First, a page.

Plaintiffs “produced proof of questionable procedures” and “hasty condemnation” by officers in charge of policymaking. See Moran, 296 F.3d at 64748 (8th Cir.2002) (reversing grant of Rule 50(a) motion on conspiracy claim, holding police department “publicly and financially committed itself to producing a culprit for an alleged wrongdoing before any such wrongdoing was actually established”). Neither the district court nor the officers point to substantially different evidence presented at trial that would alter this court's previous finding on conspiracy. See Little Earth of the United Tribes, Inc., 807 F.2d at 1441; Mosley v. City of Northwoods, Mo., 415 F.3d 908, 911 (8th Cir.2005) (holding law of the case “does not deprive the district court of the ability to reconsider earlier rulings to avoid reversal”). There was a sufficient evidentiary basis for a jury to find for plaintiffs on their conspiracy claim. This court again concludes that “the facts viewed in the light most favorable to White [and plaintiffs] give rise to the reasonable inference that Defendants acted in concert with the goal of securing” plaintiffs' convictions. See White, 696 F.3d at 757. The district court erred in dismissing the conspiracy claim.
Plaintiffs challenge the dismissal of their official-capacity claims against Gage County. Plaintiffs argue that sheriff DeWitt and county attorney Smith “were the final decisionmakers and sole policymakers for their respective elected county offices,” and “their conduct in those specific areas is fairly attributed to Gage County.” Because this court previously determined that “there is no evidence that any action taken by Smith prior to the filing of criminal complaints against Plaintiffs was unconstitutional,” it need not consider whether the County is liable for his actions. See Winslow, 696 F.3d at 739.
“[A] local government is liable under § 1983 for its policies that cause constitutional torts. These policies may be set by the government's lawmakers, ‘or by those whose edicts or acts may fairly be said to represent official policy.’ “ McMillian v. Monroe Cnty ., Ala., 520 U.S. 781, 784 (1997), citing Monell v. Dep't. of Soc. Servs., 436 U.S. 658, 694 (1978). “[T]he trial judge must identify those officials or governmental bodies who speak with final policymaking authority for the local governmental actor concerning the action alleged to have caused the particular constitutional or statutory violation at issue. Once those officials who have the power to make official policy on a particular issue have been identified, it is for the jury to determine whether their decisions have caused the deprivation of rights at issue by policies which affirmatively command that it occur, or by acquiescence in a longstanding practice or custom which constitutes the ‘standard operating procedure’ of the local governmental entity.” Jett v. Dallas Ind. Sch. Dist., 491 U.S. 701, 737 (1989). “An unconstitutional governmental policy can be inferred from a single decision taken by the highest official responsible for setting policy in that area of the government's business.” Angarita v. St. Louis Cnty., 981 F.2d 1537, 1546 (8th Cir.1992).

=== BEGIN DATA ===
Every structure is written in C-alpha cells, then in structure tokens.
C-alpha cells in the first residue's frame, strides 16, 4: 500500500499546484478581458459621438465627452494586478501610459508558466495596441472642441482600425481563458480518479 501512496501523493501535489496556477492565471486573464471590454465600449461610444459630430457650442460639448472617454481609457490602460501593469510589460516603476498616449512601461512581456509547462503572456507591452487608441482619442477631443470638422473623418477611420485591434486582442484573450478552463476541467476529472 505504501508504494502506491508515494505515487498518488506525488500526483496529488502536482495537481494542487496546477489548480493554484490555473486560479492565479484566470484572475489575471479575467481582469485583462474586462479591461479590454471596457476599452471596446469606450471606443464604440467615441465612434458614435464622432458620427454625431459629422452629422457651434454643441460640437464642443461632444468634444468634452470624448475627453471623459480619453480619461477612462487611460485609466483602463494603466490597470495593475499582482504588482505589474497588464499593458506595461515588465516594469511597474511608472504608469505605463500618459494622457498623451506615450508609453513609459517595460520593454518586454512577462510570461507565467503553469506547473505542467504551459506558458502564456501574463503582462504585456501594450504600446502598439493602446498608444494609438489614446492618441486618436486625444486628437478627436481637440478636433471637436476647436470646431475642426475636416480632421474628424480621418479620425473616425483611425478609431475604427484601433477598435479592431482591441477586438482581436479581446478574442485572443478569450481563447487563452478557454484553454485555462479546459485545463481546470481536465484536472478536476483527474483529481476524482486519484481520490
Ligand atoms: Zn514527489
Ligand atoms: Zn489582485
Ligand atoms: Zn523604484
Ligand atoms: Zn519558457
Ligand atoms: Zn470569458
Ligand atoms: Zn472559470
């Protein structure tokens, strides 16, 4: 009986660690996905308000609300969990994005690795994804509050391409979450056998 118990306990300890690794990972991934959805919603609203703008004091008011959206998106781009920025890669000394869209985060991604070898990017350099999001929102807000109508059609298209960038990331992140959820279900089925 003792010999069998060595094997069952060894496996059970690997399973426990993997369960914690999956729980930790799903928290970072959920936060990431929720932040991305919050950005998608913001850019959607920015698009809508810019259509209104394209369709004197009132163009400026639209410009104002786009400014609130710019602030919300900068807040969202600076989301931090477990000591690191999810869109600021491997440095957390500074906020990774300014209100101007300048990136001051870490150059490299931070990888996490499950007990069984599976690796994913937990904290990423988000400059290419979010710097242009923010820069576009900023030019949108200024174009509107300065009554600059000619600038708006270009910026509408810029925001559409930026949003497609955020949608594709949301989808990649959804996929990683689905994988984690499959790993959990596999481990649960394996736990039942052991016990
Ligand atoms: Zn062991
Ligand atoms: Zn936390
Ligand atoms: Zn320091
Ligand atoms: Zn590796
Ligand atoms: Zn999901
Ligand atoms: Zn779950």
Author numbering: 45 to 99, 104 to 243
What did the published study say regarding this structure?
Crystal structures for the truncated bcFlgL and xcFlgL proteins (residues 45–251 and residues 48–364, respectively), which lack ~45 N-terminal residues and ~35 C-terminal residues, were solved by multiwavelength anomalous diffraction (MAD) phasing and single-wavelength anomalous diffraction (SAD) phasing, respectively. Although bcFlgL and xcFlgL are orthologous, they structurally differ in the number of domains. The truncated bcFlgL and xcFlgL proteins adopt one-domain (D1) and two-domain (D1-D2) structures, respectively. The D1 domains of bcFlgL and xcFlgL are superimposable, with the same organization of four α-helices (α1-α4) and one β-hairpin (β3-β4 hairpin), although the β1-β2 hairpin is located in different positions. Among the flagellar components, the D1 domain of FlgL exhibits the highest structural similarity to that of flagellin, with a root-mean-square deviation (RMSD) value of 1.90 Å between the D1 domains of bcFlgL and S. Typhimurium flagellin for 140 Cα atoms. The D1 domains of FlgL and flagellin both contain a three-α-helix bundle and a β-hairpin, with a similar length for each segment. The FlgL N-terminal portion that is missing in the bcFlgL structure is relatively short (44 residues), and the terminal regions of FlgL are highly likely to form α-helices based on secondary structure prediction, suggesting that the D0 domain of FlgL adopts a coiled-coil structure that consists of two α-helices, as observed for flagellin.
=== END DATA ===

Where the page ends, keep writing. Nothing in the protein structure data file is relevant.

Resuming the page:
Relying on Poor Bear v. Nesbitt, 300 F.Supp.2d 904 (D.Neb.2004), the district court ruled that a “county sheriff acts pursuant to state-enacted restrictions in enforcing the criminal laws of Nebraska and is not himself a policy maker for the county for which he is a sheriff.” See Poor Bear, 300 F.Supp.2d at 917. In Buzek v. County of Saunders, 972 F.2d 992, 995 (8th Cir.1992), this court said that a Nebraska sheriff had “broad discretion to set policy as the County's elected Sheriff.” Although in Buzek the specific policymaking authority was the “exclusive authority to fire” a deputy, Buzek shows that a Nebraska sheriff has final policymaking authority in certain areas. Nebraska law determines if a Nebraska sheriff has final policymaking authority in the area of law enforcement investigations and arrests. See Atkinson v. City of Mountain View, Mo., 709 F.3d 1201, 1214 (8th Cir.2013) ( “Whether Sanders exercised final policymaking authority for the city is ‘a question of state law.’ “ (quoting St. Louis v. Praprotnik, 485 U.S. 112, 123 (1988) (plurality opinion))). See also Pembaur v. City of Cincinatti, 475 U.S. 469, 481 (1986) (plurality opinion) (“Municipal liability attaches only where the decisionmaker possesses final authority to establish municipal policy with respect to the action ordered.”).
Sheriff DeWitt made final policy with regard to law enforcement investigations and arrests in Gage County. “It has been the declared policy of the State of Nebraska in the exercise of its police powers to foster and promote local control of local affairs. Highest ranking in this hierarchy of local matters is the supervision of law enforcement. The state provides a system of law enforcement and local officers to carry out the functions thereof on a day-to-day basis within such system.” Neb.Rev.Stat. § 23–2801. “It [is] the duty of the sheriff by himself or deputy to preserve the peace in his county, to ferret out crime, to apprehend and arrest all criminals, and insofar as it is within his power, to secure evidence of all crimes committed in his county, and present the same to the county attorney and the grand jury; to file informations against all persons who he knows, or has reason to believe, have violated the laws of the state, and to perform all other duties pertaining to the office of sheriff.” § 23–1710 (emphasis added). The sheriff has “charge and custody of the jail, and the prisoners of the same, and is required to receive those lawfully committed and to keep them himself or herself, or by his or her deputy jailer, until discharged by law.” § 23–1703. Wearing a uniform and badge is “discretionary at the option of the sheriff when he or she or his or her deputies are engaged in special investigations or mental patient assignments.” § 23–1717. The officers do not identify a statute giving any entity supervisory authority over the sheriff or a statute requiring a sheriff to answer to any superior. See generally Morro v. City of Birmingham, 117 F.3d 508, 514 (11th Cir.1997) (considering meaningful administrative review in the ability to make policy).